Rotary Intl. has proclaimed water purification to be the key challenge of the coming decade. To meet minimum world health goals, 125,000 people per day for the next 13 years would need to gain access to safe water. Each year, 1.8 million people (90% of them children less than 5 years old) die from preventable waterborne diseases. Rotary has asked every club to identify a project associated with safe water.
Contaminant of Concern: Cyanotoxins
According to WHO, during the past few decades, cyanobacteria abundance has increased in many surface water bodies around the world as a result of various factors, such as increased nutrient concentrations, known as eutrophication. Cylindrospermopsis raciborskii has substantially expanded its geographical range: It was initially identified exclusively in tropical and subtropical latitudes, but its prevalence in temperate regions—including northern Europe, southern Australia, New Zealand, the northern U.S. and southern Canada—has increased over the past two decades. Nonetheless, in most of these regions, other cyanobacteria, particularly Microcystis and Planktothrix, remain the most frequent causes of heavy algal blooms.
Water bodies that are influenced by municipal wastewater discharges or subsurface infiltration of groundwater influenced by septic systems are known to carry nutrients at elevated levels capable of increasing cyanobacterial growth. This is exacerbated by wastewater treatment systems with poor nutrient removal capacity. Drought conditions also increase the likelihood of cyanobacterial blooms where wastewater loading remains constant. Runoff from animal feedlots and fields containing mineral fertilizer or manure can introduce similarly high nutrient loads; in regions with effective phosphorus removal in wastewater treatment but intensive agriculture, the latter tends to be the main cause of eutrophication.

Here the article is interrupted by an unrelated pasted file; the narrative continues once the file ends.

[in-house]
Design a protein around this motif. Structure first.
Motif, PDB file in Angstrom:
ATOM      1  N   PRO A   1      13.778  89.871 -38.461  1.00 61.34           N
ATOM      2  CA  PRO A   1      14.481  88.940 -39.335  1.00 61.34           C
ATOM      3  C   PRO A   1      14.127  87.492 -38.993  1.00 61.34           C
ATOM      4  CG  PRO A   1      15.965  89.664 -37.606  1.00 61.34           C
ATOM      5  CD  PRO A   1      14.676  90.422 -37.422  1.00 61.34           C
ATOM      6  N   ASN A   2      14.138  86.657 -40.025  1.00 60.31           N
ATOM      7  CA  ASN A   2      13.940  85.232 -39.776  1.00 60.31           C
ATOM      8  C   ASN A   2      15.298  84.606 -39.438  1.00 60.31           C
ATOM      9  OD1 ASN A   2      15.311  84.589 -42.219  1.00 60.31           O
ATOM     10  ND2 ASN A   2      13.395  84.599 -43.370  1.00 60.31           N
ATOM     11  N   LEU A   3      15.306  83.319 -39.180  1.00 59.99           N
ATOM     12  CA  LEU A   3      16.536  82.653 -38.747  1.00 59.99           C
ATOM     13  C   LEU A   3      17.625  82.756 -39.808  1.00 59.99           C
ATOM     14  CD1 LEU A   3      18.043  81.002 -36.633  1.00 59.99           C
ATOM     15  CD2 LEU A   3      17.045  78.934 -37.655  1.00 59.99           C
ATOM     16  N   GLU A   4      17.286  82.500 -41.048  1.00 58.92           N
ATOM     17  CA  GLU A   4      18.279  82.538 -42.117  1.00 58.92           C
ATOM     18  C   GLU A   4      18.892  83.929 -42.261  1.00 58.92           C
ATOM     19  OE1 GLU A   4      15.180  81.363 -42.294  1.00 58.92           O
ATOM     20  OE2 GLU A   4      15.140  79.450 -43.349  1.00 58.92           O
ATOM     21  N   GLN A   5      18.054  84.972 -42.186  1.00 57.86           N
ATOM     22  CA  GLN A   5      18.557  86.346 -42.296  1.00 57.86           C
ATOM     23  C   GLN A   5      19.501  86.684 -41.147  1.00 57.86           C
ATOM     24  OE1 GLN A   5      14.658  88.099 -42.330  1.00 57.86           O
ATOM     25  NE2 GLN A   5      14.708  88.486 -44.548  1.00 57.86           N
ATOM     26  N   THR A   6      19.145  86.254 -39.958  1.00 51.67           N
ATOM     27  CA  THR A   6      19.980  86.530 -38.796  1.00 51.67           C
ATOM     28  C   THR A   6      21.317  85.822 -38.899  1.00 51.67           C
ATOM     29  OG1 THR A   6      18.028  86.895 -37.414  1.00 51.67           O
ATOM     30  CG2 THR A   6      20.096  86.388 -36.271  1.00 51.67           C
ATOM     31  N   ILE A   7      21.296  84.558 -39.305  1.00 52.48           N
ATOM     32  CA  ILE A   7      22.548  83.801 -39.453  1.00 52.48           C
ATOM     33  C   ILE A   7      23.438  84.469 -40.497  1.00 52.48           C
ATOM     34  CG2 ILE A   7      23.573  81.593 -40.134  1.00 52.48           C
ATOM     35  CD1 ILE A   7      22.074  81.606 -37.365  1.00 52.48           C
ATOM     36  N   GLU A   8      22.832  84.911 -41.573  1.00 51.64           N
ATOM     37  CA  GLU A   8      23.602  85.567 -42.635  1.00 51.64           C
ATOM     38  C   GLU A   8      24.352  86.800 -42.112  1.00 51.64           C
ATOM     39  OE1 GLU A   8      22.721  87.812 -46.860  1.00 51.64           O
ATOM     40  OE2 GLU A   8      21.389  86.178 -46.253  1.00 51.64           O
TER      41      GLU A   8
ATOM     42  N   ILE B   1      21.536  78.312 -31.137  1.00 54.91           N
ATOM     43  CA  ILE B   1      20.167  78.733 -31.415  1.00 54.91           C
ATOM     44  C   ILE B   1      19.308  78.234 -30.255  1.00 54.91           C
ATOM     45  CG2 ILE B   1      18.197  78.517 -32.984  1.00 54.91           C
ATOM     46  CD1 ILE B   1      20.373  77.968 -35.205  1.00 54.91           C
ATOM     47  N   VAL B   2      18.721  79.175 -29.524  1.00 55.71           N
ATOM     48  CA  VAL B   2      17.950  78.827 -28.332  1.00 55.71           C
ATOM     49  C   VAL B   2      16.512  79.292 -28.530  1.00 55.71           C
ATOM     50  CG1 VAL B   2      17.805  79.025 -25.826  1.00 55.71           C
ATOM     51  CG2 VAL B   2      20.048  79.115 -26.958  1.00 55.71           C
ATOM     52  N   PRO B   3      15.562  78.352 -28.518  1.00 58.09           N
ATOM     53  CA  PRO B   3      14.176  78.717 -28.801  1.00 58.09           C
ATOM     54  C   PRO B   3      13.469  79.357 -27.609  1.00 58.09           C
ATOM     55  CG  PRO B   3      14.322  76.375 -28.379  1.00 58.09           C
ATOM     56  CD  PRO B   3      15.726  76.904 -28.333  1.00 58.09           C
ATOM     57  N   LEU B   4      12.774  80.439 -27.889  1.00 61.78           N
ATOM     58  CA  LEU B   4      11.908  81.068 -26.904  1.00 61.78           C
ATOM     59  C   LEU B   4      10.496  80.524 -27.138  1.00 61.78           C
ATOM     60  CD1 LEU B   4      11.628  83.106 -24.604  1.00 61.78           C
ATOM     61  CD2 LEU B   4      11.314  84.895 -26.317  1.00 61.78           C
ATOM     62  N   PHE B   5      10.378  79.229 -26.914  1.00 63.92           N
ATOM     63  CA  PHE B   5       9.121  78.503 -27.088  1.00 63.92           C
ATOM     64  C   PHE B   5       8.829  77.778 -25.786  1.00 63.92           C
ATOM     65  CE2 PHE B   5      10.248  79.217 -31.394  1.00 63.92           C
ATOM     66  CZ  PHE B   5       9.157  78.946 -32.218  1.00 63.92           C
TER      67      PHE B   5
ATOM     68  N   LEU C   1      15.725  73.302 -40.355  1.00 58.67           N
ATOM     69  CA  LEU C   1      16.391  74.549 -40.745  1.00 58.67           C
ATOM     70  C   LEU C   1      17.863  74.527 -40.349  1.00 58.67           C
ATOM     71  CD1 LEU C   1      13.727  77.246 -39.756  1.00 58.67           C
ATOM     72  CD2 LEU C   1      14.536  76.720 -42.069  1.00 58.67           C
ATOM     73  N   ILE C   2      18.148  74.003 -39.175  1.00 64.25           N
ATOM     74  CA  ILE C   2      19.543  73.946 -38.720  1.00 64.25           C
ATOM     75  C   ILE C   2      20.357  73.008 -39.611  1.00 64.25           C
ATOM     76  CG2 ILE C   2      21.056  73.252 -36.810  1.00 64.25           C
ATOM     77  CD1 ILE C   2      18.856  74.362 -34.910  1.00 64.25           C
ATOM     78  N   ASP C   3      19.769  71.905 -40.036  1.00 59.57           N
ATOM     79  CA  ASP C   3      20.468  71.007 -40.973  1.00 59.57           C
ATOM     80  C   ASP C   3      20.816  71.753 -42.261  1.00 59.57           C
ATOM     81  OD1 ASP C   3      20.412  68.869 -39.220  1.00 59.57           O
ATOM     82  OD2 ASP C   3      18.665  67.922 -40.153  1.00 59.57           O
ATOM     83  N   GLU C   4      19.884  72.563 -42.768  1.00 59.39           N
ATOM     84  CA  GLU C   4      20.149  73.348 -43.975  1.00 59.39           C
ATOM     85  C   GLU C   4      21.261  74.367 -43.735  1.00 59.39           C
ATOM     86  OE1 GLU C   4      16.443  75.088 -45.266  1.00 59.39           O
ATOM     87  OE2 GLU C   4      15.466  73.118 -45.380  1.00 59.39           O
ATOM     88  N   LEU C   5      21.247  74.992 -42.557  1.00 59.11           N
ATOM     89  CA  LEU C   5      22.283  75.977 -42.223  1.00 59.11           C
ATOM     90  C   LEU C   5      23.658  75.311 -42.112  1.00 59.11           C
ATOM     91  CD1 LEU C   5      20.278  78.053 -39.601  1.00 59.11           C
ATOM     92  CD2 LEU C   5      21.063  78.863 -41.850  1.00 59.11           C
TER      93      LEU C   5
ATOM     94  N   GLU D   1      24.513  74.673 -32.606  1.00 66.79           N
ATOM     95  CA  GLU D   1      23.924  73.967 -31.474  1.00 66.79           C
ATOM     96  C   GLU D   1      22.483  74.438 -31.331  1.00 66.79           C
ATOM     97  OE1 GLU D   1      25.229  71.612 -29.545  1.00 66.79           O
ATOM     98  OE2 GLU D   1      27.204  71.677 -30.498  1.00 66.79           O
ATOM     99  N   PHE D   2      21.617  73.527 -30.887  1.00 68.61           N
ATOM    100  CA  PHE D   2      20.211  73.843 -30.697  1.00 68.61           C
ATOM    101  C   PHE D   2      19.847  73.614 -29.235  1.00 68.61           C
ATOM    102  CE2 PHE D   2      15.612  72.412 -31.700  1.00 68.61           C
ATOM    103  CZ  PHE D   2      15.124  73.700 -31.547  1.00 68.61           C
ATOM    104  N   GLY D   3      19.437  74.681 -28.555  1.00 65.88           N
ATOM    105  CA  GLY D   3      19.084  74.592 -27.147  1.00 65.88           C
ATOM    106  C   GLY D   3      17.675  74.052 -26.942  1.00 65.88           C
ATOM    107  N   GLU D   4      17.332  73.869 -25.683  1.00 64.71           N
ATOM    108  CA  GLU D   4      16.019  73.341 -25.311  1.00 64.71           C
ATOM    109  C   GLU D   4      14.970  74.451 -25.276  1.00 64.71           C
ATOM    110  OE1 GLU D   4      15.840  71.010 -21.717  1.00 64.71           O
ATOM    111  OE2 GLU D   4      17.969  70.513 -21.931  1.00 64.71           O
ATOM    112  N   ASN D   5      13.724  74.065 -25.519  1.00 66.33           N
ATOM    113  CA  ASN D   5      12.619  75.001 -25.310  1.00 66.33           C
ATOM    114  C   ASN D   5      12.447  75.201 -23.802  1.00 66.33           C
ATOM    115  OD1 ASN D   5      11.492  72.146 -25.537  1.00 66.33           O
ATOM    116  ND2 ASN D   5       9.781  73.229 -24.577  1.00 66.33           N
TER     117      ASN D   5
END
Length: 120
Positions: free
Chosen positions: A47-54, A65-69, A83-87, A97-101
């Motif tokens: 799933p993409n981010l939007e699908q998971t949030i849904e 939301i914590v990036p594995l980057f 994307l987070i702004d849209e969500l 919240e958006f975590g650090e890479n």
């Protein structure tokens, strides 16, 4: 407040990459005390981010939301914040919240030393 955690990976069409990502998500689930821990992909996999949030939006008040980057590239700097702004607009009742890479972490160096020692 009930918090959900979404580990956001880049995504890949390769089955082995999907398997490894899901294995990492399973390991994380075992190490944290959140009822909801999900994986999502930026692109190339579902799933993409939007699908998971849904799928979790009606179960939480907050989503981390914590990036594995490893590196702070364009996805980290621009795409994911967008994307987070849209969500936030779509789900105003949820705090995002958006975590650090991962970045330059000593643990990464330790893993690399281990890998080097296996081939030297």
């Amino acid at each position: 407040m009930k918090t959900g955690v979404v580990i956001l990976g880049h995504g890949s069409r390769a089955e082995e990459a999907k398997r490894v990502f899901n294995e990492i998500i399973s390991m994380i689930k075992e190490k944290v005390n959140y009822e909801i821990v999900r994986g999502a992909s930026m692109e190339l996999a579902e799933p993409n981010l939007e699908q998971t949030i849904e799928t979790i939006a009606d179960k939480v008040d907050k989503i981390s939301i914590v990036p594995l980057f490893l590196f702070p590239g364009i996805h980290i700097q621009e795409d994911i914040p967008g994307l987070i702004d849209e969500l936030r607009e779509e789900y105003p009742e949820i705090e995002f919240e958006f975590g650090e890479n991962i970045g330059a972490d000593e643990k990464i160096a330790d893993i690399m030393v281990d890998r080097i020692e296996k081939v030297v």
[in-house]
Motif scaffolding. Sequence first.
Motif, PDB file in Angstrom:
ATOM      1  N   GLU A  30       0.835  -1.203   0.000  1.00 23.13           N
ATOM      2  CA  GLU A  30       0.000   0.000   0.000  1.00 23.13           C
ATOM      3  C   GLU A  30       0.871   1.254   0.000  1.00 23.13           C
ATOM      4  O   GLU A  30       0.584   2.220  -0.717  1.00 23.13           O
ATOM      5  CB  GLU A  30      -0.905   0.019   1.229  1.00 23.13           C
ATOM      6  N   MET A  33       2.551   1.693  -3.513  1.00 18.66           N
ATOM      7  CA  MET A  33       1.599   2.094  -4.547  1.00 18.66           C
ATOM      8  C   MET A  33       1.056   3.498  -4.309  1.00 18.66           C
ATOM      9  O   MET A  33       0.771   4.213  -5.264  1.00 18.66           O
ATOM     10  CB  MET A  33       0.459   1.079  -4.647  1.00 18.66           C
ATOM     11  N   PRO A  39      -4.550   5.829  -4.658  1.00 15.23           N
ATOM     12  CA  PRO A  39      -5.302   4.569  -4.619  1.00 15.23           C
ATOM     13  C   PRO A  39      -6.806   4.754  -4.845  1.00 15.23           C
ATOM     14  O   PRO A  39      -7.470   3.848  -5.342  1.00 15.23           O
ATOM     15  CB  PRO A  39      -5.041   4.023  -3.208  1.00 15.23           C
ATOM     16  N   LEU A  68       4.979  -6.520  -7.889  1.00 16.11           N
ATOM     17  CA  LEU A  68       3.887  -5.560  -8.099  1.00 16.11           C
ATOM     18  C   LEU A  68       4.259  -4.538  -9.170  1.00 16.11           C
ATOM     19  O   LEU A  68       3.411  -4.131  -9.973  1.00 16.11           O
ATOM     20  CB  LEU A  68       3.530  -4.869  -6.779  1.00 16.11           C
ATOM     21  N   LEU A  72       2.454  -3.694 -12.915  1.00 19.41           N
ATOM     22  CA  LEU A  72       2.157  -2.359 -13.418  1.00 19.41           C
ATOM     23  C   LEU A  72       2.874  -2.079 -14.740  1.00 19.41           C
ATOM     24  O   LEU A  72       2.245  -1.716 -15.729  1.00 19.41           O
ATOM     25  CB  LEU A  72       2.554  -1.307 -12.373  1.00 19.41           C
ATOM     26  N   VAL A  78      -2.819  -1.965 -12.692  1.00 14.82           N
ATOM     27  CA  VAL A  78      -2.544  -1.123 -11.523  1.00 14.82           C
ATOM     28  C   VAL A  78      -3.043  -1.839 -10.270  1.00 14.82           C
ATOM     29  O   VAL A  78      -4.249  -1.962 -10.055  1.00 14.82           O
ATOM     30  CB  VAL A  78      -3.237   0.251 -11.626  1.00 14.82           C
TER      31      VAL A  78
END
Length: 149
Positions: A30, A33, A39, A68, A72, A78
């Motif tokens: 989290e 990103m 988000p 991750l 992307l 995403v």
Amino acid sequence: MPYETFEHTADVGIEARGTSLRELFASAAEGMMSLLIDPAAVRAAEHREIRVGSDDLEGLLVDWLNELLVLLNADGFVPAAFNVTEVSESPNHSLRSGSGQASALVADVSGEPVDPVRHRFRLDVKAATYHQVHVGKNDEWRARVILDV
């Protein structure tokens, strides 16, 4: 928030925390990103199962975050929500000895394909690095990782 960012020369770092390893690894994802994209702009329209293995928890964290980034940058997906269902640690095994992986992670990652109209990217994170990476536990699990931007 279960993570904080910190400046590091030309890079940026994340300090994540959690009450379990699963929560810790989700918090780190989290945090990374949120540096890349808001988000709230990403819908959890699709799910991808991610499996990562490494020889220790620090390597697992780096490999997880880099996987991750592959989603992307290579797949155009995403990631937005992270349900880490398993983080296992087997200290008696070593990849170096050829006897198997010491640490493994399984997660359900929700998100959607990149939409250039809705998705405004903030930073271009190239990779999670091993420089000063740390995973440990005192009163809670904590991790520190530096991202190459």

These cyanobacterial blooms could continue to plague various areas of the world due to continued drought and climate change. Combining monitoring techniques with toxin testing will assess the effectiveness of the barriers in place, from catchment to wastewater treatment plant outlet. Periodic testing for selected cyanotoxins (e.g., during a bloom and as it declines) also is valuable to verify whether there is a potential health concern during that event.
If significant amounts of cyanobacterial cells, cyanotoxins, and taste- and odor-causing compounds are present in water sources, and if prevention and control strategies cannot be implemented quickly, a number of methods are available to prevent exposure. For microcystins, the most effective control is the removal of the intact cells, as any cell damage in the drinking water treatment plant may lead to toxin release and an increase in dissolved toxins entering the distribution system. For other cyanotoxins, this would be only partially effective, as higher proportions of the toxins occur dissolved in water.
This article is the first in a two-part series on water contamination. The second installment, which will focus on treatment options, will appear in the October issue of WQP.